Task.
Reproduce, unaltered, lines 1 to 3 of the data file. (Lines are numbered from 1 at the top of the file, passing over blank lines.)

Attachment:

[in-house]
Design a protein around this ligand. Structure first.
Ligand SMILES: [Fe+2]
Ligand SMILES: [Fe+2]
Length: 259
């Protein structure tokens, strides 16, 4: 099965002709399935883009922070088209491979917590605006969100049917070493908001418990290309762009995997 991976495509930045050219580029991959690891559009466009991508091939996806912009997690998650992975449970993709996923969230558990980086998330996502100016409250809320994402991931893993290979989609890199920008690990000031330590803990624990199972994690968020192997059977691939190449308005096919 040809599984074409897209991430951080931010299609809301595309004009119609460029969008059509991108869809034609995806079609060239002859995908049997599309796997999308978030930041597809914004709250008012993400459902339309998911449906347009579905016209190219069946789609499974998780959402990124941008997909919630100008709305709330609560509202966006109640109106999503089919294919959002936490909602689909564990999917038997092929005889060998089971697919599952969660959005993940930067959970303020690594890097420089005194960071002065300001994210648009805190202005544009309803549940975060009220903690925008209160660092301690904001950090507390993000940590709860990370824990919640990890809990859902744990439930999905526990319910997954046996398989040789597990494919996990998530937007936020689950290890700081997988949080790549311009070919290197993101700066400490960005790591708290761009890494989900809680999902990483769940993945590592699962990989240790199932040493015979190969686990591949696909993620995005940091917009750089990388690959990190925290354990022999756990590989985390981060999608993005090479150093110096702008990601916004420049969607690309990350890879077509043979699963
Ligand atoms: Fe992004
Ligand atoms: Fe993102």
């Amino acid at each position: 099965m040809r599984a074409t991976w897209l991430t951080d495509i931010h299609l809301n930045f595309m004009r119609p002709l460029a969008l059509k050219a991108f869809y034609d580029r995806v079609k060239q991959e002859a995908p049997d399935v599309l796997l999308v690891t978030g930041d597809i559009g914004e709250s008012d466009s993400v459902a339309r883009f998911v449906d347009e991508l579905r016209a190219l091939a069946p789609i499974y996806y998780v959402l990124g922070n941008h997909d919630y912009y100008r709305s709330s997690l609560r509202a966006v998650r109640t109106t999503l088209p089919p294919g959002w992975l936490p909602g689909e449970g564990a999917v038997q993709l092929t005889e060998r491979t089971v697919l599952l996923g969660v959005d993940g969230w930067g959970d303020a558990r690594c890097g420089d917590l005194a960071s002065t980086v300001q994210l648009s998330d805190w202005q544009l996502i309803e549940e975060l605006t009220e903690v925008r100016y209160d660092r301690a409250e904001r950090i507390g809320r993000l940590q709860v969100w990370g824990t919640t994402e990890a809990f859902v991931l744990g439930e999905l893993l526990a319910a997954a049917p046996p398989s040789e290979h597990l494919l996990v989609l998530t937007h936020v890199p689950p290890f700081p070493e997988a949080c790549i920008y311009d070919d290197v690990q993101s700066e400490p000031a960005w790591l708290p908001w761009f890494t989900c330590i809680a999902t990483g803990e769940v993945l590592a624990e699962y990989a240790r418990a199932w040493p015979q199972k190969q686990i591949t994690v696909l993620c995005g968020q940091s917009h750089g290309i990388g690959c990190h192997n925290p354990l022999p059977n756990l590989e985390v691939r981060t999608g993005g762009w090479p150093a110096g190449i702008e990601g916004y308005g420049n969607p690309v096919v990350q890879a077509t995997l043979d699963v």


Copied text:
[in-house]
Design a protein around this ligand. Structure first.
Ligand SMILES: [Fe+2]